At the Fontainebleau’s new Mina 74, Michael Mina cleverly breaks the rules, adding shape and luxe flavor to shabu shabu.
At the new Mina 74 at the Fontainebleau Miami Beach, shabushabu is transformed into refined comfort food.
If you’ve previously experienced shabushabu (translated from Japanese as “swish swish”), you know it’s fun: dipping thinly sliced raw beef into a tasty heated broth at the table, then slurping the barely cooked beef down with whatever vegetables you’ve tossed in. Michael Mina, the creative force behind a 19-restaurant empire, which now includes Mina 74 at the Fontainebleau Miami Beach, describes his new spot, in the former Arkadia space, as a “modern-day supper club bistro” with a playfully global menu, giving him permission to color outside the lines. He fittingly does some rather delicious tinkering with his version of shabushabu.
Traditionally, the dish is served with a light dashi broth made with kombu seaweed and dried fish flakes, but Mina, who frequently sojourns to Japan, says, “We pushed up the flavor. We add a little bit of aromatics to it—mirin for sweetness and ginger for spice—and it offsets the wagyu beef really well.” He opts for rib eye from Japanese wagyu for its richness. “It’s super marbleized, really tender, but rib eye has that nice, strong flavor, so it holds up well [to the other elements].” Mina chills the beef until it’s really cold to keep it firm while slicing, and takes care to not let the slicer blade get warm and melt the fat.
Michael Mina carefully wraps the beef around daikon radish sprouts and enoki mushrooms.
A Novel Step
Unlike traditional shabushabu, which usually has a pile of sliced meat on the plate, Mina wraps the beef around delicate daikon radish sprouts and slender enoki mushrooms, making neat two-inch rolls to drop into the broth. He plates the rolls with watermelon radish slivers and shishito peppers (which you are also to drop in the broth), sprinkles everything with bonito flakes and sea salt, and puts the flaming pot of dashi broth in the middle.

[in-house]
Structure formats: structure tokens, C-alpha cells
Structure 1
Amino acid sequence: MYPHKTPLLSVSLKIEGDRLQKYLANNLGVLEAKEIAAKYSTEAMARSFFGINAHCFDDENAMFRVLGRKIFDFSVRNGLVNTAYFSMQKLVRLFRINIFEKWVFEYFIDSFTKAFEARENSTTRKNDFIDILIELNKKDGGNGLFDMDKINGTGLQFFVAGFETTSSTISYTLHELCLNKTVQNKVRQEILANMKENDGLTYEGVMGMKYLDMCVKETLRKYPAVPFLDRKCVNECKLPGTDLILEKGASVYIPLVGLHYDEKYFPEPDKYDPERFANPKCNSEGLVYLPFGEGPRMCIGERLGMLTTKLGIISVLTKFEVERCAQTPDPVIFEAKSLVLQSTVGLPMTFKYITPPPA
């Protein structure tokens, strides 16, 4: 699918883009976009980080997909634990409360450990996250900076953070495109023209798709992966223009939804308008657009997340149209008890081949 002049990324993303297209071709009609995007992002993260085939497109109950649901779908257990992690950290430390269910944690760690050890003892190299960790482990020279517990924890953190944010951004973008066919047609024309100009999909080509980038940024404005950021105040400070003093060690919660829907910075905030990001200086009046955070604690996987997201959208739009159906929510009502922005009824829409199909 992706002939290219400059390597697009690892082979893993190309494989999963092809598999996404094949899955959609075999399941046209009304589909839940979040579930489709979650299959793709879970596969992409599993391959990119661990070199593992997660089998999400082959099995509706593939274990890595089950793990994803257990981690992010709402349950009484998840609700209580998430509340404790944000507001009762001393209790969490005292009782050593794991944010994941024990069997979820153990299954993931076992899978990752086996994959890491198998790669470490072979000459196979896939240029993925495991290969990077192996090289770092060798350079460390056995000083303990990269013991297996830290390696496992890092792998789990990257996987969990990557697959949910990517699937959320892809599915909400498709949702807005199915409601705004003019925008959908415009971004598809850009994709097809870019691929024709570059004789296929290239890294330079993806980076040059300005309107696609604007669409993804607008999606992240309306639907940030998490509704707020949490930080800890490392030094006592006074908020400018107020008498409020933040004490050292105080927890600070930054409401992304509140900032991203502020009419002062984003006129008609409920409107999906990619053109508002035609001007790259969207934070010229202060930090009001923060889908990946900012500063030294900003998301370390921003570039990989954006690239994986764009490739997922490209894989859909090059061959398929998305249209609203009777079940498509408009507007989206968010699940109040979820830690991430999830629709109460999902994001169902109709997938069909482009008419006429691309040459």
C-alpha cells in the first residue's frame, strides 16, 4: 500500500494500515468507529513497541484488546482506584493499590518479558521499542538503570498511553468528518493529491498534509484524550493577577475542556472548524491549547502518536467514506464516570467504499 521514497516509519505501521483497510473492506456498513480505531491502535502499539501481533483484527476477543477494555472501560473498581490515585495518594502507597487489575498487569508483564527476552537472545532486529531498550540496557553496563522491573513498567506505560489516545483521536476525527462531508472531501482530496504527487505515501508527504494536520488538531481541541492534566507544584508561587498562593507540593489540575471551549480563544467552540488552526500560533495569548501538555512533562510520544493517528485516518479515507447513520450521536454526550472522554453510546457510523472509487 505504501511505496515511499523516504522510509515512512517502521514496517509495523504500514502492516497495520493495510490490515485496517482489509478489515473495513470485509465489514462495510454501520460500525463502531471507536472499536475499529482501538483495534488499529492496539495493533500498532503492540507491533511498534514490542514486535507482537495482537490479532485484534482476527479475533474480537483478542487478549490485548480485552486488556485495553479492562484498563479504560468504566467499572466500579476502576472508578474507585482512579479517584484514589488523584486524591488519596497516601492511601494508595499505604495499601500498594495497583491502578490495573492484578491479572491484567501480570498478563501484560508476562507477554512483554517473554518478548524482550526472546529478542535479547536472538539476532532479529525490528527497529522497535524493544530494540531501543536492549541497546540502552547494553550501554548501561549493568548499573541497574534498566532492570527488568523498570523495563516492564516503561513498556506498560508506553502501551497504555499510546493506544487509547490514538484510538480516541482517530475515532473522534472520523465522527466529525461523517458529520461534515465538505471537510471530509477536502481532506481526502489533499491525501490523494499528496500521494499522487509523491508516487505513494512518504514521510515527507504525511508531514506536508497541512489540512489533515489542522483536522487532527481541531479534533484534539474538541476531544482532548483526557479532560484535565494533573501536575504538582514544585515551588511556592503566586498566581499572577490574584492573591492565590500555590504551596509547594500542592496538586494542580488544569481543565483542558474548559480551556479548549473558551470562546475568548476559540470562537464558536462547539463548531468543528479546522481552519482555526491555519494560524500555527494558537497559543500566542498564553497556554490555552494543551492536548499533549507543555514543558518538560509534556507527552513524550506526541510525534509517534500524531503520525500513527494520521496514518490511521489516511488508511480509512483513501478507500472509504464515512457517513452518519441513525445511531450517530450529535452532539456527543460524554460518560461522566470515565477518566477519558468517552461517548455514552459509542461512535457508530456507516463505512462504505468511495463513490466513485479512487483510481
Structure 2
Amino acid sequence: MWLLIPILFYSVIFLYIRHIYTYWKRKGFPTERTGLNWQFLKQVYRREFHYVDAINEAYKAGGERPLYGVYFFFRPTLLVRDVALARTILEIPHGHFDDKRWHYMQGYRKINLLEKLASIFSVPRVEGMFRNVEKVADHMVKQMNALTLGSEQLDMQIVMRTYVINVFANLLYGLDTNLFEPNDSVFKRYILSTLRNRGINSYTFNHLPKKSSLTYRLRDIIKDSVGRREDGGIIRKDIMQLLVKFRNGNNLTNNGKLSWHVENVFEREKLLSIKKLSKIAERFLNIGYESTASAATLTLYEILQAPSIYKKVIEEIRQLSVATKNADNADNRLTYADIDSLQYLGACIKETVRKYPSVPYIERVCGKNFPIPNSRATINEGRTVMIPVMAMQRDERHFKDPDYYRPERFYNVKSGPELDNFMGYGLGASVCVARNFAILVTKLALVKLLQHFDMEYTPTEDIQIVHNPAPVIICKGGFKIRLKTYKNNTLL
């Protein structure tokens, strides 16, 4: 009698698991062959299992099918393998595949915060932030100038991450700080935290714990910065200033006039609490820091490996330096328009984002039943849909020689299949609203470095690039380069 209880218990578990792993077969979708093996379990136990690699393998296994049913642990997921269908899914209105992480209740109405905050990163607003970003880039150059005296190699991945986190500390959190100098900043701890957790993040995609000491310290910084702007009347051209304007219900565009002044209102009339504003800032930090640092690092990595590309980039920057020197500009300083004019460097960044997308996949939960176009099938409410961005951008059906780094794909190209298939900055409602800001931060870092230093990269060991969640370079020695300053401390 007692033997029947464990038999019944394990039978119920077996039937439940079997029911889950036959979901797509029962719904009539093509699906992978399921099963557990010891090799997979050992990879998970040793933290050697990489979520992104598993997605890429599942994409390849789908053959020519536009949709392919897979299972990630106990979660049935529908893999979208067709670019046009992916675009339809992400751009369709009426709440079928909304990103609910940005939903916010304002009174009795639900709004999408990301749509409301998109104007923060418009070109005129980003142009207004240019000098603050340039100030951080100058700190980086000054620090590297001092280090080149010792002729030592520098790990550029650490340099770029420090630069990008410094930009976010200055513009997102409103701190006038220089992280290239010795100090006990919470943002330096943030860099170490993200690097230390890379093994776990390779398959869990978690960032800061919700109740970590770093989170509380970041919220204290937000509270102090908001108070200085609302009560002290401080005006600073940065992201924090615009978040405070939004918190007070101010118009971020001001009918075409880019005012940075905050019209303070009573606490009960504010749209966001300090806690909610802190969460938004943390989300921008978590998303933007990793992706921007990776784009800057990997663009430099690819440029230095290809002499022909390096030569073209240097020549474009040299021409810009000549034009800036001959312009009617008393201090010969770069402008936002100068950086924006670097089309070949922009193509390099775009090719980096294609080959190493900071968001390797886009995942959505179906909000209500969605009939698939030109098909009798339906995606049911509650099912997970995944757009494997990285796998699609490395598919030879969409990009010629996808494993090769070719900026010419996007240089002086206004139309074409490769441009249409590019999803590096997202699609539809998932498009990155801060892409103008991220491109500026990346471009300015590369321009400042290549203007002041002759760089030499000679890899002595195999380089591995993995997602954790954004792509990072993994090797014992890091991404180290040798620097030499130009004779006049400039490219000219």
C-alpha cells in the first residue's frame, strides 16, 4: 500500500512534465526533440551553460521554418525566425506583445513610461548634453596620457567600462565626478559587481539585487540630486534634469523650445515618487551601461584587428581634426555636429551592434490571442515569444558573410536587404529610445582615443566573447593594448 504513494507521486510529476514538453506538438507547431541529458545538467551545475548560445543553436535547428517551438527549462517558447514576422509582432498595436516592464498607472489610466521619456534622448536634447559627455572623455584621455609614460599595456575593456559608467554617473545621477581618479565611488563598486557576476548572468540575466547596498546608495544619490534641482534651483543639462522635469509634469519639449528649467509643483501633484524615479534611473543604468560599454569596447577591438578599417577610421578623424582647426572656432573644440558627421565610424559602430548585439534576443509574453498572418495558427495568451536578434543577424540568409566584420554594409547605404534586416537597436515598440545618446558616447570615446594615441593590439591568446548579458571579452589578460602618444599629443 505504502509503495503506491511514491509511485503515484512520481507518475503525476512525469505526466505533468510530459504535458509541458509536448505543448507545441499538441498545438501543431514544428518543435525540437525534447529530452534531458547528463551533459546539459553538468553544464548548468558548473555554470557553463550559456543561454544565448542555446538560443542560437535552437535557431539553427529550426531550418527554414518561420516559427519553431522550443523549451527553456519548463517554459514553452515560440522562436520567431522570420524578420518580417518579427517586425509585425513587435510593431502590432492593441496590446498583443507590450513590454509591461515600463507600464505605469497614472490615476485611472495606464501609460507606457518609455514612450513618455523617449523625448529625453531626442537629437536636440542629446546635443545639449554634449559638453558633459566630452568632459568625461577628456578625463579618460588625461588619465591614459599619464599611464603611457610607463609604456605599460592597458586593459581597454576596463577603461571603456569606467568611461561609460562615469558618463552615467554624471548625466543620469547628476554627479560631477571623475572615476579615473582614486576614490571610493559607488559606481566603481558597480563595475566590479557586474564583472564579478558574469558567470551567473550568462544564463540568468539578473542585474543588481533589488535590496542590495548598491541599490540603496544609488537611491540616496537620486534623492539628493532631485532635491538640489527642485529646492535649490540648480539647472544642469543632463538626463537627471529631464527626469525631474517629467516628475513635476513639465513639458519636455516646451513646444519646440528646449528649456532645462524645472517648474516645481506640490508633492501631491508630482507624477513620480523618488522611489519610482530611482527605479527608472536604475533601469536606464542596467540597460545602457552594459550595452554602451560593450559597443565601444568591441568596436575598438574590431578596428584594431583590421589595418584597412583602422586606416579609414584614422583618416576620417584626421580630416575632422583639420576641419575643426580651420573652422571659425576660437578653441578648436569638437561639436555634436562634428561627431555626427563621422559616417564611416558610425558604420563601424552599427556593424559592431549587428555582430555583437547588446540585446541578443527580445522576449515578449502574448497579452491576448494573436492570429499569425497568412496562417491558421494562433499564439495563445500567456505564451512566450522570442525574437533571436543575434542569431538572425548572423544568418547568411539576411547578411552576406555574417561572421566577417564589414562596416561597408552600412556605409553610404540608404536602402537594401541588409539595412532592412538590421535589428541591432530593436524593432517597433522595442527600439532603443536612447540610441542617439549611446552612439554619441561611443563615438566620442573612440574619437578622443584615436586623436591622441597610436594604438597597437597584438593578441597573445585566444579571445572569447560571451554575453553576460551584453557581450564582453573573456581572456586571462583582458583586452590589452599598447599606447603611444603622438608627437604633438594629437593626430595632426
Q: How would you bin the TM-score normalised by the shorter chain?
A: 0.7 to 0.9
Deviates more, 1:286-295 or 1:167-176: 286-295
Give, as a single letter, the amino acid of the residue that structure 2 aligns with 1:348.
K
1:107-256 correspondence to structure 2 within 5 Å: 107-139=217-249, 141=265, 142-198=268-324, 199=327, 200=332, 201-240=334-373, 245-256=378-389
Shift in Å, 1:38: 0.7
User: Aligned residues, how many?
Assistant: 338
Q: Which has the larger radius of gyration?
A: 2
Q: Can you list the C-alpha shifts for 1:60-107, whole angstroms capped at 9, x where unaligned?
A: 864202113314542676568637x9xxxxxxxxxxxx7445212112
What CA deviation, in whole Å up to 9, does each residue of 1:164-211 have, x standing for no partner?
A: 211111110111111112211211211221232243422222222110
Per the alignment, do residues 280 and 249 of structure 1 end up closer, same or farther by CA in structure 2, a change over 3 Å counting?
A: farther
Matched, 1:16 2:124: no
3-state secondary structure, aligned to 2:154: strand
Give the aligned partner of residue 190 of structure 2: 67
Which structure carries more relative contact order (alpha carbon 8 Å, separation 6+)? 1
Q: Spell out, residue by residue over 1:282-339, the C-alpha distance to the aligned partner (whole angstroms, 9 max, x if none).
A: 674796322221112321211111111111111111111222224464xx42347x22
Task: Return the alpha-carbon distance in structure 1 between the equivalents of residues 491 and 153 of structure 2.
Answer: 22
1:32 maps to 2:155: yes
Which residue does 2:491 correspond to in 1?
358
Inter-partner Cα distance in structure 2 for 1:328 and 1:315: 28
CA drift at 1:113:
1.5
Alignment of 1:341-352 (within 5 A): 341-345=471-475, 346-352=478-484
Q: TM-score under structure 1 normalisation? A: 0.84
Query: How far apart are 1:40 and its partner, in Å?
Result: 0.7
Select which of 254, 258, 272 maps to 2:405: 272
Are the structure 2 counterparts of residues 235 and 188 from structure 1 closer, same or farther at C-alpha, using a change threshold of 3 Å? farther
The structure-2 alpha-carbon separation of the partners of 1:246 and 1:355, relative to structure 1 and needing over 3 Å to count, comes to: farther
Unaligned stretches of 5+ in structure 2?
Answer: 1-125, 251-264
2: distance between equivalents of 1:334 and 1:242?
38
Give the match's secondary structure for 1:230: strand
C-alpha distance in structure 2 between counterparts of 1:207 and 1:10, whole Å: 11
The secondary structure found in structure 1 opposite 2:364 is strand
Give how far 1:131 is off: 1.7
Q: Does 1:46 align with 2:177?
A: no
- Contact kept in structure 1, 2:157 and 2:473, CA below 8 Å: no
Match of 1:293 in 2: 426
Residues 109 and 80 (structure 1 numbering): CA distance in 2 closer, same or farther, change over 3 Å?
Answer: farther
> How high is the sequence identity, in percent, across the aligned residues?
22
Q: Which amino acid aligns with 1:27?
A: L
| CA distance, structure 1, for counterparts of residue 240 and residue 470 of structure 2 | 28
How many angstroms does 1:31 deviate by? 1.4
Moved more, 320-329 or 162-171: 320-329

Aromatic elements add sweetness and spice.
At the Table
As for the swish, Mina recommends letting the roll sit in the broth for 30 to 60 seconds. “You could eat this raw, but I prefer Japanese beef closer to medium. It breaks down the fats a little bit when you cook it a little further. You’ll start to get a lot more flavor out of the meat.” But it is when you pluck the roll out of the steaming broth, dab it in a white miso dipping sauce, and take a bite that you realize the smarts of Mina’s roll architecture. The mushrooms and sprouts retain broth in their strands, adding savory layers and buoyant texture under the tender meat. As the structure breaks down and everything mingles, you get different intensities of savory, subtle spice, and umami flavor, while the sweet tang of the white miso draws out the buttery nature of the beef.
“When you’re done, you have this broth that’s flavored by the wagyu, and you drink the broth,” says Mina. Chase it down with a malty sweet Rogue Dead Guy ale, the restaurant’s pairing of choice, and you’ll be glad Mina has a habit of coloring outside the lines. Fontainebleau Miami Beach, 4441 Collins Ave., Miami Beach, 305-674-4636